Blocks are the basic building blocks of any cryptocurrency. All transaction and identity information is stored in the blocks. Blockchain explorers provide a for us to see any block in the chain. It can be as far as the very first block in the chain to the newest blocks.
We can search for any block from the homepage or you can click on the most recent blocks.
482434 is the recent block. You can click to see the block information. While you can search for the block number above.
4215359 is the recent block. You can click to see the block information. While you can search for the block number in the search box.
Block Information Content
Once you click on the blocks you can see all the relevant information. The information structure will depend on the explorer as well as coin characteristics.
Some of the details of the block are:
- The block number or height
- Output total – The total number of balances after the transactions (total of all the green highlight)
- Estimated Transaction Volume is the amount of transactions within the block
- Transaction fees which goes to the miner finding the block
- Time of addition of the block
- Relayed by shows the miner of the block – Here it is a mining pool
- Difficulty of mining the block
- The block reward which is currently 12.5 BTC
- “No Inputs” shows the total block reward. (12.5 BTC per block+ 3.87 BTC in fees ~ 16.37 BTC)
- Transactions contained in the block along with the addresses
- Hash of this block as well as the previous and next block
Here you find nearly the same information as above. Some of the ethereum specific details are:
- Ethereum allows people to write digital contracts. Hence there is a separate section for contracts as well
- Fees is knwon Gas in ethereum
- Uncle reward – Think of these as block rewards as well
- Block reward is already broken down to Reward + fees. There are two entries for fees related to transactions and contracts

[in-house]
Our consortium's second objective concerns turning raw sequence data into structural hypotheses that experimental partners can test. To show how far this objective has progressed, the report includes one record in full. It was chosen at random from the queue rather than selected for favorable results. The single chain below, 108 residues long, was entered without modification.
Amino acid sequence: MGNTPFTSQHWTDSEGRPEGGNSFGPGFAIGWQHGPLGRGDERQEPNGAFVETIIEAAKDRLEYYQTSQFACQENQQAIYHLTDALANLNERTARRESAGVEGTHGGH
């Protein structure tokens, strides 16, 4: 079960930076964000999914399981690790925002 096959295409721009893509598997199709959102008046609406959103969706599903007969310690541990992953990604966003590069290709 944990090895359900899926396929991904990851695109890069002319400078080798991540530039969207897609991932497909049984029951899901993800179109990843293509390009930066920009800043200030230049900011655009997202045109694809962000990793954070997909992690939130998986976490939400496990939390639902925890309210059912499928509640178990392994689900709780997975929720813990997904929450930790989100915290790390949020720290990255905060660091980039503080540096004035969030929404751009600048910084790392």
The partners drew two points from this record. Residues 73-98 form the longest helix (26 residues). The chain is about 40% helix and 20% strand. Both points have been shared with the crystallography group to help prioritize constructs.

You can click the transaction link to see all the transactions and associated:
Putting this all together:
- Transaction fees can give you an idea on cost associated with doing a transaction. Example bitcoin from above. Total fees are nearly 3.88 BTC and Total number of transactions = 2309. So, the average fees is 3.88 BTC/ 2309 = 0.00168 BTC. You can do a lot of similar calculation to see how well the fees are working.
- More active coin means more number of transactions as well as volume of transactions.
- It is necessary to see the difficulty of blocks, specially the early ones. We will discuss the impact in next blog.
- Block reward tells you the number of coins given for finding a block.
Blockchain being a public ledger, you can also find all the account information too. Just input the account address in the search box mentioned above. Address summaries look like this:
Details here are:
- Transaction Hash (green box)
- Number of transactions from this account
- Total received in the account
- Current balance of the account
- All transactions of this account (Green arrows shows BTC coming into the account and Red show BTC going out)
Most of the information is similar. Differences are:
- Out and In mark outgoing and incoming transactions respectively.
- Token balances show the Ethereum tokens held by the account
- Token transfers are under the tab “Token Transfers”
You can also check any transaction you want. These are clicking the transaction hash in:
- Block information
- Account information
Skipping the technical information here, what we can see is:
- Transaction amount
- Fees paid for this transaction
Information here is similar. Ethereum goes into a lot of detail about “Gas” or fees as this has been a concern among people wanting to use cryptocurrencies. So, it not only tells you the exact fees but also the exact fees required. So here it costs $0.15 for each ether ($357).
Next blog will cover the how to use what we have learned here to find out talk about fraud coins.
Also published on Medium.